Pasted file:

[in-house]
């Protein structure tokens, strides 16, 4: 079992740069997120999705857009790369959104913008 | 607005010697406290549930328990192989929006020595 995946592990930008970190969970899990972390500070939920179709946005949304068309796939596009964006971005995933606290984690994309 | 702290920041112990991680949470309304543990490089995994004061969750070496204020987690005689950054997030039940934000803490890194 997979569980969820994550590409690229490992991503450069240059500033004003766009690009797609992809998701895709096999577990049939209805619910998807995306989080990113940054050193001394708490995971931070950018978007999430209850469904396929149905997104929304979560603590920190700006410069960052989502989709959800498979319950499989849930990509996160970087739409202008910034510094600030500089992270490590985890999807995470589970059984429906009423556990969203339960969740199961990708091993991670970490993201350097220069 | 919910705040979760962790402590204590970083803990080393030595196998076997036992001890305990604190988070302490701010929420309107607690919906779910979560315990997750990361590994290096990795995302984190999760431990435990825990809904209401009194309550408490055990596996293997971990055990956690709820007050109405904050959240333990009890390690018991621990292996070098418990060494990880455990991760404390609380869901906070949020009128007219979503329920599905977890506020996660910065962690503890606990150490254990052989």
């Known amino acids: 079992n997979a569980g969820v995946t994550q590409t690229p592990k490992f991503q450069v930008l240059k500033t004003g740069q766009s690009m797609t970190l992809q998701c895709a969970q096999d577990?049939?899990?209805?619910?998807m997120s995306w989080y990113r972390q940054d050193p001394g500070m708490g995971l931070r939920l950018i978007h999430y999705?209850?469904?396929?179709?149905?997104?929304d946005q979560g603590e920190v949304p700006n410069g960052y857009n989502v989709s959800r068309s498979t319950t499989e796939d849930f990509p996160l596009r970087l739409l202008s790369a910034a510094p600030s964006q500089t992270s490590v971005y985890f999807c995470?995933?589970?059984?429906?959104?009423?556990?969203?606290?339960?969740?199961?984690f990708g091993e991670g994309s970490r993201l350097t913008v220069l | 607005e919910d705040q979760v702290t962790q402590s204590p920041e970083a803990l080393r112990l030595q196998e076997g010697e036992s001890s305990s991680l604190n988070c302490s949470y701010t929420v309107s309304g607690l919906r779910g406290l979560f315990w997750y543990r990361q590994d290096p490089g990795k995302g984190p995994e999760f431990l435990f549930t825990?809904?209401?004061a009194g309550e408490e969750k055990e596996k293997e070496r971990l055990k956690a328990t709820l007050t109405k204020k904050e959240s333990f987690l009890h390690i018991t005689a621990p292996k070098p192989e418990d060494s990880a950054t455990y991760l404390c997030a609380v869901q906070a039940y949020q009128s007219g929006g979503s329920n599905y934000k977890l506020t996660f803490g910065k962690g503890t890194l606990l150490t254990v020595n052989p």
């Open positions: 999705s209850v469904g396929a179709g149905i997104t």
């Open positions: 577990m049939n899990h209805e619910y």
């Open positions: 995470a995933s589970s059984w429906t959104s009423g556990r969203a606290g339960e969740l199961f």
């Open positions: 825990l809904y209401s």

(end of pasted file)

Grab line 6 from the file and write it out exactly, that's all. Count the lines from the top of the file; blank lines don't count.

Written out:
């Open positions: 995470a995933s589970s059984w429906t959104s009423g556990r969203a606290g339960e969740l199961f």